Premiums could double over the next ten years. This would not only affect homeowners, but also tenants. In addition, although most property owners in Germany are insured against storm damage, only just under half are insured against other so-called natural hazards, such as flooding or landslides. In August, following severe storms in Germany, several state premiers therefore called for natural hazard insurance to be made compulsory.
Despite these effects of the climate crisis, experts expect property prices to rise sharply worldwide in the coming years. The Munich-based Ifo Institute forecasts an annual increase of nine percent over the next ten years. Population growth and rising living standards are expected to lead to double-digit price increases, particularly in South and West Asia. Even in North America and Western Europe, growth is expected to amount to 7.7 and 6.4 percent per year respectively.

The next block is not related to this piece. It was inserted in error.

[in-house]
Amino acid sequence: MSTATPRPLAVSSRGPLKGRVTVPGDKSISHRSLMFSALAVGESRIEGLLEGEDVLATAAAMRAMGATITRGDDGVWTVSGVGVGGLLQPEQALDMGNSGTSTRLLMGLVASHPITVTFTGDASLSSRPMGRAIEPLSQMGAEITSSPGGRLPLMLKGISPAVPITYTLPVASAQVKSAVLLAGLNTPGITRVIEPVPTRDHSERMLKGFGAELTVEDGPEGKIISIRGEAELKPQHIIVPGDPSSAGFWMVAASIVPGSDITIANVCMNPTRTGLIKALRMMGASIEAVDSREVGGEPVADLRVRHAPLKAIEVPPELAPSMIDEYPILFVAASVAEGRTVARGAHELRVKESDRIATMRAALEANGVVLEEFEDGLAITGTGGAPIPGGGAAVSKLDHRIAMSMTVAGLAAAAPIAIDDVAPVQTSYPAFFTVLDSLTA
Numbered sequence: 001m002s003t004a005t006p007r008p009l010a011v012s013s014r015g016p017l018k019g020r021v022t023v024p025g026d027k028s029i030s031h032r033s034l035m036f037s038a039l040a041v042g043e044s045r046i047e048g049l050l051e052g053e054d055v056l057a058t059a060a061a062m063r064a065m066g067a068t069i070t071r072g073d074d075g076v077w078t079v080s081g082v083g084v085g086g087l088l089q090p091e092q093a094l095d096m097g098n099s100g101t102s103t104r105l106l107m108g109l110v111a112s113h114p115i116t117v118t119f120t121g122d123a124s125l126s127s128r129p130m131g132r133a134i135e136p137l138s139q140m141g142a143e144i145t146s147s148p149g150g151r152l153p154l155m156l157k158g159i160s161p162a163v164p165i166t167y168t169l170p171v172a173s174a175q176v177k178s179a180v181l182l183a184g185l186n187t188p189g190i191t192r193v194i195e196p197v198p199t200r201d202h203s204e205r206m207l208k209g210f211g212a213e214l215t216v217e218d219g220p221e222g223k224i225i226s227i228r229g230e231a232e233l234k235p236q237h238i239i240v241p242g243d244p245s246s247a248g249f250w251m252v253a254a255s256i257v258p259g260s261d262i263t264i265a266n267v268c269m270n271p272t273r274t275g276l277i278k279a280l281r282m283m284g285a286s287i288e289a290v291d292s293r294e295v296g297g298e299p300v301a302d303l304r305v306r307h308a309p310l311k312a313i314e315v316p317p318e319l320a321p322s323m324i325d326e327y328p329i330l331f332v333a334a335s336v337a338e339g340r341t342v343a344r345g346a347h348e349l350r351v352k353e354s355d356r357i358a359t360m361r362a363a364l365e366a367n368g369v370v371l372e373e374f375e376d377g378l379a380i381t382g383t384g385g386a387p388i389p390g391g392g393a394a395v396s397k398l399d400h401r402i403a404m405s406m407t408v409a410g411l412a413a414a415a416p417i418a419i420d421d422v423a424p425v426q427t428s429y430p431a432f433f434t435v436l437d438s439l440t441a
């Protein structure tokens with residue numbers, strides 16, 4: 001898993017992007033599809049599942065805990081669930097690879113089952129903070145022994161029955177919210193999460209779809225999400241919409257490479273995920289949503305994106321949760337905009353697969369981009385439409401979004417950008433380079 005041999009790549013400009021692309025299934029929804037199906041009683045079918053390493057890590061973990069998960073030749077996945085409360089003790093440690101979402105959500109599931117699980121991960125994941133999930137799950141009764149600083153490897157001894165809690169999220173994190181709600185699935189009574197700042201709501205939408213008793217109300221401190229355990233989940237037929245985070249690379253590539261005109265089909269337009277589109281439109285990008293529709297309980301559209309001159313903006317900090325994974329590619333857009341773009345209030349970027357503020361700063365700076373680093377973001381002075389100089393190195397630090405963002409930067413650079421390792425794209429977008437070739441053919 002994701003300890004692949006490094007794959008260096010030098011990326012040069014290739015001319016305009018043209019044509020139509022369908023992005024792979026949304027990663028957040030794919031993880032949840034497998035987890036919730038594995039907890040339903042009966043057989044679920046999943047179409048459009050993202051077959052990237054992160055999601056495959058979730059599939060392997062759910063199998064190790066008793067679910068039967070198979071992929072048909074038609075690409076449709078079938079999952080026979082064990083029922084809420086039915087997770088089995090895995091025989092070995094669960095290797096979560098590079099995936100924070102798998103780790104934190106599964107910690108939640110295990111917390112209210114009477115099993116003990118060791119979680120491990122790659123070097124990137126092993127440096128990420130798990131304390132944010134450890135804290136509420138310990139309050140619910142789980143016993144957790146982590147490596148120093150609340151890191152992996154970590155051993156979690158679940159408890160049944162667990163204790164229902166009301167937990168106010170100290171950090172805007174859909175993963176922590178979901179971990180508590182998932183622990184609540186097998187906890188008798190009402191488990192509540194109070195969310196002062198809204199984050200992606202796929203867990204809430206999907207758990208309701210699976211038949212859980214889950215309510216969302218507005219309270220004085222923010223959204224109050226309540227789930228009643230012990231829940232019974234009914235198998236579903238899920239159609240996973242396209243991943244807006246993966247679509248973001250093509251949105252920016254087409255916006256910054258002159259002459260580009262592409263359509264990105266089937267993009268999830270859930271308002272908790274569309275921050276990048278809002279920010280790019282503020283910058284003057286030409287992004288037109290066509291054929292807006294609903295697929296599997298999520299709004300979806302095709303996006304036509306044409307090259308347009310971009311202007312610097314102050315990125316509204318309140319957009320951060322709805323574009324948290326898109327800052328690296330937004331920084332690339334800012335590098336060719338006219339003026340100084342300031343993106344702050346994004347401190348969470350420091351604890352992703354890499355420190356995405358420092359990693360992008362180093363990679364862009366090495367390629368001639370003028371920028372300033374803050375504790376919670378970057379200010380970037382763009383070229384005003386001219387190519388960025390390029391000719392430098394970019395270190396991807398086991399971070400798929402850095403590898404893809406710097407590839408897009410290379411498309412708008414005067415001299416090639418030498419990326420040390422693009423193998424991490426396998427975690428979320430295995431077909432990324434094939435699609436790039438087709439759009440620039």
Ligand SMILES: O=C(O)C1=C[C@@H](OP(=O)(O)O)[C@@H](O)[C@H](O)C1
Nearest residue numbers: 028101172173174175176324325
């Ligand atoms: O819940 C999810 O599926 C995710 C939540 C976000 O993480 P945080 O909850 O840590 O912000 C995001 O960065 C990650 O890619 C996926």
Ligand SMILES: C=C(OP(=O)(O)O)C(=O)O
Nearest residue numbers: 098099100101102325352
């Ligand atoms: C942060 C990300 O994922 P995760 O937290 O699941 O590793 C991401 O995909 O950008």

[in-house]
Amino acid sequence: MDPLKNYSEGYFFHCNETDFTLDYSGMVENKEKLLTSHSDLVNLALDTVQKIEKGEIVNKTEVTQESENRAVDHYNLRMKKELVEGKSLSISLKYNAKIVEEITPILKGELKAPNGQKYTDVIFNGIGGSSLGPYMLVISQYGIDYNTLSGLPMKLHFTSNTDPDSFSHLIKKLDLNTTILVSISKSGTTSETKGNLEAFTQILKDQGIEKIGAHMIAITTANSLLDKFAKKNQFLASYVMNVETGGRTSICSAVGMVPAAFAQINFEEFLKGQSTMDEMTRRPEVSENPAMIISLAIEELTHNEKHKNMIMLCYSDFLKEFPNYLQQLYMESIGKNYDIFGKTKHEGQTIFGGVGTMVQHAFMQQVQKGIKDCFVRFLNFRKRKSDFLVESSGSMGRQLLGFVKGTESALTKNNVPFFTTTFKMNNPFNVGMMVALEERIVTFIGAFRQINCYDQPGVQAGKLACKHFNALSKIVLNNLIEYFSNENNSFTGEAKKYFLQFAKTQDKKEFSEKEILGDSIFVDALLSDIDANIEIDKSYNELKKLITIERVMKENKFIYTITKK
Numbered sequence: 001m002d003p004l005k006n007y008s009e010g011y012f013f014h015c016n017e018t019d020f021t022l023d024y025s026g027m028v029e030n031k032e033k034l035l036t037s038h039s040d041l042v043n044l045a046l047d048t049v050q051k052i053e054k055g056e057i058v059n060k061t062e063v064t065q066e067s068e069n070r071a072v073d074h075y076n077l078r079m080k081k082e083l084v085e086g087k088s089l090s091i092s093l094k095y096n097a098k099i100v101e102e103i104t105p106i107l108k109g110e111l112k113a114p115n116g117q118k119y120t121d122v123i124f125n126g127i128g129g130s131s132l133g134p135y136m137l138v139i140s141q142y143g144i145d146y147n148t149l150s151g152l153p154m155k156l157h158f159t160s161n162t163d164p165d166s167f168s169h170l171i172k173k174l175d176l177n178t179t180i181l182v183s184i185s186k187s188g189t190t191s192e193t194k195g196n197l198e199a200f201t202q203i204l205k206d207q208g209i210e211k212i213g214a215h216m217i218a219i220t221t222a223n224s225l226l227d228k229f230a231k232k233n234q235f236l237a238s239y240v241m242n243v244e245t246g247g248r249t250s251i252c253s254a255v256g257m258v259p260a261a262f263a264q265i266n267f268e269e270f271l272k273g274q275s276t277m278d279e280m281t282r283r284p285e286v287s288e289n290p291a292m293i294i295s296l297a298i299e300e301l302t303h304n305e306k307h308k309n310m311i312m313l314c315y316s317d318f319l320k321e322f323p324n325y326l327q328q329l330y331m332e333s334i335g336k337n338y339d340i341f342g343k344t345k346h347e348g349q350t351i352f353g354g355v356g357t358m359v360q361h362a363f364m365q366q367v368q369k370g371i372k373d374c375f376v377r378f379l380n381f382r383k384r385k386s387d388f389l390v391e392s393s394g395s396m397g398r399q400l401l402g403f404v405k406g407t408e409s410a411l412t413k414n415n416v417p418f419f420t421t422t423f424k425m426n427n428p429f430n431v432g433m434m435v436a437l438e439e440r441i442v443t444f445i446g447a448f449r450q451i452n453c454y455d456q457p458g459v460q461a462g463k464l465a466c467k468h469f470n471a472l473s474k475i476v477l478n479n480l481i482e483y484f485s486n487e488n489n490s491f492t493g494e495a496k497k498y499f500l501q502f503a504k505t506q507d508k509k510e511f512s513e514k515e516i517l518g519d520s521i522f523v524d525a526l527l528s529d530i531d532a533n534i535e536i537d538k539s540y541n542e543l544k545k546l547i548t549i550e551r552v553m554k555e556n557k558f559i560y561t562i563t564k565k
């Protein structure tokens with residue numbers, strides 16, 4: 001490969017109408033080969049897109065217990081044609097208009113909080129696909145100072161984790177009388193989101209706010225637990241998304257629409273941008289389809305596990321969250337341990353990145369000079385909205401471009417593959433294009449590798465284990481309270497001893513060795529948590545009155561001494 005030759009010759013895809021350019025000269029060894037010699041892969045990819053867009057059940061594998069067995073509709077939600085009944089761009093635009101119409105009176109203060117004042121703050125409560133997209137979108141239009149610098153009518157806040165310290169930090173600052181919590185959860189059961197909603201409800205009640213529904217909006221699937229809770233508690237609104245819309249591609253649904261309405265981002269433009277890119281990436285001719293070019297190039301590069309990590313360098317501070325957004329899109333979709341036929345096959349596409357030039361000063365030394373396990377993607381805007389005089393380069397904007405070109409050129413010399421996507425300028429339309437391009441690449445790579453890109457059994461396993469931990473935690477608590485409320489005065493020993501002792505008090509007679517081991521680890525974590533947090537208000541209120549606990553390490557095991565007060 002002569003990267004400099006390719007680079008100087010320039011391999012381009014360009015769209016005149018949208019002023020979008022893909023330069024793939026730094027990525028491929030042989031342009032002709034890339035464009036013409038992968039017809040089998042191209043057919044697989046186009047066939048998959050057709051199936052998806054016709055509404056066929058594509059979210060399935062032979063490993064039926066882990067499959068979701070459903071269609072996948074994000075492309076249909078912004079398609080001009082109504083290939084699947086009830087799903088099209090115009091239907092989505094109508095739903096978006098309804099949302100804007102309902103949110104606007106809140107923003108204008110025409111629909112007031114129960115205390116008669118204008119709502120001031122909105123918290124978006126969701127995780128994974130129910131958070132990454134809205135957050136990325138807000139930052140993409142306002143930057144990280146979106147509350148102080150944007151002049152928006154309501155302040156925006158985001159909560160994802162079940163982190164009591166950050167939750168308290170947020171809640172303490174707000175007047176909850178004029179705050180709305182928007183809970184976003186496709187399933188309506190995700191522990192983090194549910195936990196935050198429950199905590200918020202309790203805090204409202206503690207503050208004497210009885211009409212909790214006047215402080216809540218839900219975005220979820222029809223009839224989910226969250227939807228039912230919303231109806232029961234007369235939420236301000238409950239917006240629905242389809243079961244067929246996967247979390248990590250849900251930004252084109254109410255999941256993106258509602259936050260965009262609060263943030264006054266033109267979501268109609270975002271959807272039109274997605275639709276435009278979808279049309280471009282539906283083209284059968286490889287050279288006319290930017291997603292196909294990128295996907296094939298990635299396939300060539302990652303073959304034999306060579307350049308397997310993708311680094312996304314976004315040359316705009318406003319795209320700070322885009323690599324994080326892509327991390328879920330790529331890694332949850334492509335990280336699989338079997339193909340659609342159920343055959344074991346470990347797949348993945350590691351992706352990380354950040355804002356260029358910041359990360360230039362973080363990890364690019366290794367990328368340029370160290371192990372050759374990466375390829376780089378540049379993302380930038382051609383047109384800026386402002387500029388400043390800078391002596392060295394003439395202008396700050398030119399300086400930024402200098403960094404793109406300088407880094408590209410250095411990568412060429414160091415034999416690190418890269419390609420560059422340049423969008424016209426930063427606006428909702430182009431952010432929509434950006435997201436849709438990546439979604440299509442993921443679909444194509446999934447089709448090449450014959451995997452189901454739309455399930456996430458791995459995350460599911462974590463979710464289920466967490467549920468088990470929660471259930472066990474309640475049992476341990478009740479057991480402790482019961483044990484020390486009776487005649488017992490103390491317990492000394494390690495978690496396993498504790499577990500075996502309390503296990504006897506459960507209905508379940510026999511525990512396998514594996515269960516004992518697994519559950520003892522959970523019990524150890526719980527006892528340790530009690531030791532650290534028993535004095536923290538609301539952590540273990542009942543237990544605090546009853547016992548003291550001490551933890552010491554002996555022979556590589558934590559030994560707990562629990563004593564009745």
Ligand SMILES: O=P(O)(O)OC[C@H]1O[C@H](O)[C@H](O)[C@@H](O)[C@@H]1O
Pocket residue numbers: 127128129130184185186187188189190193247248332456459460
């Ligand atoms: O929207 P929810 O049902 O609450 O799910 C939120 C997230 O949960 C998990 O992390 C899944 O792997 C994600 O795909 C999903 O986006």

And even in those regions that are particularly threatened by climate damage, there is business potential, for example through the gentrification of districts and regions in line with climate-related risks. Miami is also a pioneer here, as US media reported back in 2018, citing relevant studies.